Mahler: Symphony No. 4 (CD review)

Rosemary Joshua, soprano; Philippe Herreweghe, Orchestre des Champs-Elysees. PHI LPH001.

When Austrian composer Gustav Mahler (1860-1911) premiered his Symphony No. 4, neither the critics nor the public accepted it very well. That may come as a surprise to many of us today because it's such a familiar work in the catalogue, maybe Mahler's most popular piece of music. If I had to guess why the Fourth has become so favored over the years, I'd say it's because the work is so accessible, so tuneful, and so mature. Just as important, the music is big yet intimate, making recordings of it ideal for audiophile playback in the home. Plus, listeners seem to appreciate the contrasts in the music, going from grand, eloquent sections to quiet, personal passages, from deadly serious to mischievously satiric. There is no doubt that a lot of folks have discovered Mahler's music is one heck of a great way to enjoy themselves and show off their stereo system. In any case, Mahler is back yet again, this time from maestro Philippe Herreweghe and the Orchestre des Champs-Elysees.

As he had done in his first three symphonies, Mahler clearly intended his Fourth to mean something more than absolute, nonrepresentational music, and although he left no descriptive program, he did provide enough specific instructions for each movement that people get the idea. One of his followers, conductor Bruno Walter, had this to say about the symphony: "In the Fourth, a joyous dream of happiness and of eternal life promises him, and us also, that we have been saved."

The first movement, which Mahler marks as "gay, deliberate, and leisurely," begins playfully and hopefully with the jingling of sleigh bells. The second movement introduces Death into the scene, with a vaguely sinister violin motive. The slow, third-movement Adagio, marked "peacefully," is a kind of respite from the oddities of Mr. Death in the previous section. And the fourth and final movement is Mahler's vision of heaven and salvation as exemplified in the simple innocence of an old Bavarian folk song, a part of the German folk-poem collection Das Knaben Wunderhorn that Mahler loved. Here, the composer wanted the movement to sound so unaffected he insisted upon the soprano's part being sung with "child-like bright expression, always without parody."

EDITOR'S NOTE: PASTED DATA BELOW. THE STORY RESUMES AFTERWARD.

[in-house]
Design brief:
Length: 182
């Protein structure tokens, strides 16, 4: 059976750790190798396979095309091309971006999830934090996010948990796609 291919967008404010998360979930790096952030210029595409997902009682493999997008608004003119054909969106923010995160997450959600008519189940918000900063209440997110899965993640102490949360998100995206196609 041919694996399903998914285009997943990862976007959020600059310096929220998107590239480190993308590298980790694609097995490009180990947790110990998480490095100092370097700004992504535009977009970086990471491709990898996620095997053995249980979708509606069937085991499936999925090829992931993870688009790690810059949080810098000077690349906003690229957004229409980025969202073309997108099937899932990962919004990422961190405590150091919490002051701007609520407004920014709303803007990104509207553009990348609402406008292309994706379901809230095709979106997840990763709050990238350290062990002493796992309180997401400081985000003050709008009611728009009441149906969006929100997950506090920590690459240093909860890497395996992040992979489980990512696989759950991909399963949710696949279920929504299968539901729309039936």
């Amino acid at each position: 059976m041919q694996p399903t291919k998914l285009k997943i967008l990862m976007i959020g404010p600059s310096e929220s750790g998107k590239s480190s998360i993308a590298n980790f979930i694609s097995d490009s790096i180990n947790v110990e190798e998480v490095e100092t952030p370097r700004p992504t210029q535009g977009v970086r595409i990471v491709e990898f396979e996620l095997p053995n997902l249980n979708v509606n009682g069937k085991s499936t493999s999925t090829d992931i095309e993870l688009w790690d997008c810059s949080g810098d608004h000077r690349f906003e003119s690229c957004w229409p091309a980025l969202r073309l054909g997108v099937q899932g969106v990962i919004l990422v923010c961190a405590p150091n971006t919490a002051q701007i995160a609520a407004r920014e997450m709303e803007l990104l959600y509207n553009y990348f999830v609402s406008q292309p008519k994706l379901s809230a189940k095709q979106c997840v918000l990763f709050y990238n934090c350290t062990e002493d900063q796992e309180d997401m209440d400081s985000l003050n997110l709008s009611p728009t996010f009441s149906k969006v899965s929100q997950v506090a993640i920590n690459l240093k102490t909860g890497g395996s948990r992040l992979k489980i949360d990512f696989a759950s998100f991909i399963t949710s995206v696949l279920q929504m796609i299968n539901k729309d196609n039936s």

The interesting feature about this new recording from Herreweghe is that his orchestra plays on period instruments. Nowadays, we find this treatment commonplace for eighteenth and nineteenth-century works, but Mahler premiered the Fourth Symphony in 1901, and because it never really caught on until later in the twentieth century, we've become used to hearing it played with modern orchestras. Yet Herreweghe's approach has merit, and his gut strings are in no way harsh, even though they tend to dominate the proceedings more than in a contemporary orchestra where the winds and brass have a stronger role. Nevertheless, the percussion section plays an important part in the sound and, while the percussion never overpower the other instruments, they are definitely in the forefront of the activity with their distinctly period flavor.

Anyway, Herreweghe's performance itself is convincingly unmannered, fluent and fluid, with an always graceful forward momentum, never rushed. Nor does the conductor ever fall into the throes of gaudy Romanticism, even in the serenity of the third movement, which simply floats lightly above our heads. Indeed, this may be the most-tranquil reading of the slow movement on record (though not the slowest by any means), making the big climactic segment all the more startling for its juxtaposition. Finally, the piece closes with soprano Rosemary Joshua singing the angelic part in an appropriately "child-like" manner without especially seeming "child like." Herreweghe's interpretation is remarkably gentle and one that with its period instruments offers a different, colorful, and rewarding approach to an old warhorse.